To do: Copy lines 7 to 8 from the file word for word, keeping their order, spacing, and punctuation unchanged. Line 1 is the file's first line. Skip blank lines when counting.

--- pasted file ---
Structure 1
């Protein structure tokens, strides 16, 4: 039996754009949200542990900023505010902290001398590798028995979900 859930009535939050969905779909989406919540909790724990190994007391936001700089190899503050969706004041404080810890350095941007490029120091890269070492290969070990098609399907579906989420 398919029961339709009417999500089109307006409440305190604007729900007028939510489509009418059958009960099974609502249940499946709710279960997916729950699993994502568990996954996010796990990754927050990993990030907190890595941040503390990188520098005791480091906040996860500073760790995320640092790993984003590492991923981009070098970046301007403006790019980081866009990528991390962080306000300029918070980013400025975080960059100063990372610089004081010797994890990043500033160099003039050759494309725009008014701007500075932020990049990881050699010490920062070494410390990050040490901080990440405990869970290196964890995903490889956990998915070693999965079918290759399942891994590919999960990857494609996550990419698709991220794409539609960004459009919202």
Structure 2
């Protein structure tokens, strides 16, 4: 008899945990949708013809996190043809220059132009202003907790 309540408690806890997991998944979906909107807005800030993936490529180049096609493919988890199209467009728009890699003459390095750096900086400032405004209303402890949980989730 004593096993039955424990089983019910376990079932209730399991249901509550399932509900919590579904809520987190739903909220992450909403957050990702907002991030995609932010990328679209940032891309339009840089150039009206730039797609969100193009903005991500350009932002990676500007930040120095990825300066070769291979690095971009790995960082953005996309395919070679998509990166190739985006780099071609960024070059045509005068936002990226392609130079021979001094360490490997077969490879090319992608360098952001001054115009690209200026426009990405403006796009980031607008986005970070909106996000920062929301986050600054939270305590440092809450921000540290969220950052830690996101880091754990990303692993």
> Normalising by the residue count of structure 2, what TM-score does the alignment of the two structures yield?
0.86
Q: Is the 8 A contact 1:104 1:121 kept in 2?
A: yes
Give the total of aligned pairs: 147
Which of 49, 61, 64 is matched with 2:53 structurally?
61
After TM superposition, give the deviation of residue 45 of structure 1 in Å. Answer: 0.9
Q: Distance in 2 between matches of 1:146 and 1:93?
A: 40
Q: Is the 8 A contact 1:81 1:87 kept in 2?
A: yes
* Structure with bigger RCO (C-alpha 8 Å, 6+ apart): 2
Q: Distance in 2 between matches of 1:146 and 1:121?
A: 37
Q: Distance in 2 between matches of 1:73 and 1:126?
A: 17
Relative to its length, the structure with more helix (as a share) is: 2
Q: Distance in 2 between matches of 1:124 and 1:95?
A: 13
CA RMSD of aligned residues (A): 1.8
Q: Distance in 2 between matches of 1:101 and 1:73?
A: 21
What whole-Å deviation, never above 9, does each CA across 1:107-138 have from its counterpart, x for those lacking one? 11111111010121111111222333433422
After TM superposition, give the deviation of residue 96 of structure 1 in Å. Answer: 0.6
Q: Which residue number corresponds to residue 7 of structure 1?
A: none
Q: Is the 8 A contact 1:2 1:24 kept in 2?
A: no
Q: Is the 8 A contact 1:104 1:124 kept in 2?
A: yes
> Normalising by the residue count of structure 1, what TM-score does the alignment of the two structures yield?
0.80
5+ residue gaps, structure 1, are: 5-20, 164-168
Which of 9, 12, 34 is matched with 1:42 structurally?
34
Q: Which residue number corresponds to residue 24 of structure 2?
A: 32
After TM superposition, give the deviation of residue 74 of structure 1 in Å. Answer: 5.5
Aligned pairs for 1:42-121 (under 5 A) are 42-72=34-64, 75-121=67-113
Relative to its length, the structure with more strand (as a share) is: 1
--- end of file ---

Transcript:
Q: Is the 8 A contact 1:104 1:121 kept in 2?
A: yes